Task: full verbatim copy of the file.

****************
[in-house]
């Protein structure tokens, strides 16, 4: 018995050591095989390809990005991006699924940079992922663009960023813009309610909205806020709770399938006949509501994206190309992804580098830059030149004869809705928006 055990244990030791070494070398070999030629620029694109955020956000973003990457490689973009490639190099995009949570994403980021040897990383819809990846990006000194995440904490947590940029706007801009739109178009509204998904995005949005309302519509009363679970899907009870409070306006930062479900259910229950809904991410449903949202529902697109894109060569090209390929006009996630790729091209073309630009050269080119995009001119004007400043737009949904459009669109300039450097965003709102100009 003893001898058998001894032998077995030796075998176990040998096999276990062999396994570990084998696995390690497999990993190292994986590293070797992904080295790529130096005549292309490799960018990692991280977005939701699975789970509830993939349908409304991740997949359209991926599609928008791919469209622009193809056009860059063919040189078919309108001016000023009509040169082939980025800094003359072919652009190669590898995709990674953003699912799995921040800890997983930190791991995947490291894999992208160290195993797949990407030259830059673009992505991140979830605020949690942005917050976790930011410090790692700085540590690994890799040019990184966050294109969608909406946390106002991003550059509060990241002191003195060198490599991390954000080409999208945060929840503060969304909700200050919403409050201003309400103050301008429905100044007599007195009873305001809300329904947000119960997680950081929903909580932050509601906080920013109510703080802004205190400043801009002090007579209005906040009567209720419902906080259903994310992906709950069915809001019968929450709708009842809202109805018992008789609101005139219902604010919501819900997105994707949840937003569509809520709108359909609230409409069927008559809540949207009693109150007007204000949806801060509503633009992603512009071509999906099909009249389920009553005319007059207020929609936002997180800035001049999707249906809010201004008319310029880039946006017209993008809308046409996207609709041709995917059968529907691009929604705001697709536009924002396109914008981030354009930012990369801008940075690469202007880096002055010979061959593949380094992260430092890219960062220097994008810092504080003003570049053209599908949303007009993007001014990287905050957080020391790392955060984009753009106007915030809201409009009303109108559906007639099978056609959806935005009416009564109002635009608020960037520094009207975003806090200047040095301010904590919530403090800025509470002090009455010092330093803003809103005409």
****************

[in-house]
């Protein structure tokens, strides 16, 4: 018995050591095989390809990005991006699924940079992922663009960023813009309610909205806020709770399938006949509501994206190309992804580098830059030149004869809705928006 055990244990030791070494070398070999030629620029694109955020956000973003990457490689973009490639190099995009949570994403980021040897990383819809990846990006000194995440904490947590940029706007801009739109178009509204998904995005949005309302519509009363679970899907009870409070306006930062479900259910229950809904991410449903949202529902697109894109060569090209390929006009996630790729091209073309630009050269080119995009001119004007400043737009949904459009669109300039450097965003709102100009 003893001898058998001894032998077995030796075998176990040998096999276990062999396994570990084998696995390690497999990993190292994986590293070797992904080295790529130096005549292309490799960018990692991280977005939701699975789970509830993939349908409304991740997949359209991926599609928008791919469209622009193809056009860059063919040189078919309108001016000023009509040169082939980025800094003359072919652009190669590898995709990674953003699912799995921040800890997983930190791991995947490291894999992208160290195993797949990407030259830059673009992505991140979830605020949690942005917050976790930011410090790692700085540590690994890799040019990184966050294109969608909406946390106002991003550059509060990241002191003195060198490599991390954000080409999208945060929840503060969304909700200050919403409050201003309400103050301008429905100044007599007195009873305001809300329904947000119960997680950081929903909580932050509601906080920013109510703080802004205190400043801009002090007579209005906040009567209720419902906080259903994310992906709950069915809001019968929450709708009842809202109805018992008789609101005139219902604010919501819900997105994707949840937003569509809520709108359909609230409409069927008559809540949207009693109150007007204000949806801060509503633009992603512009071509999906099909009249389920009553005319007059207020929609936002997180800035001049999707249906809010201004008319310029880039946006017209993008809308046409996207609709041709995917059968529907691009929604705001697709536009924002396109914008981030354009930012990369801008940075690469202007880096002055010979061959593949380094992260430092890219960062220097994008810092504080003003570049053209599908949303007009993007001014990287905050957080020391790392955060984009753009106007915030809201409009009303109108559906007639099978056609959806935005009416009564109002635009608020960037520094009207975003806090200047040095301010904590919530403090800025509470002090009455010092330093803003809103005409």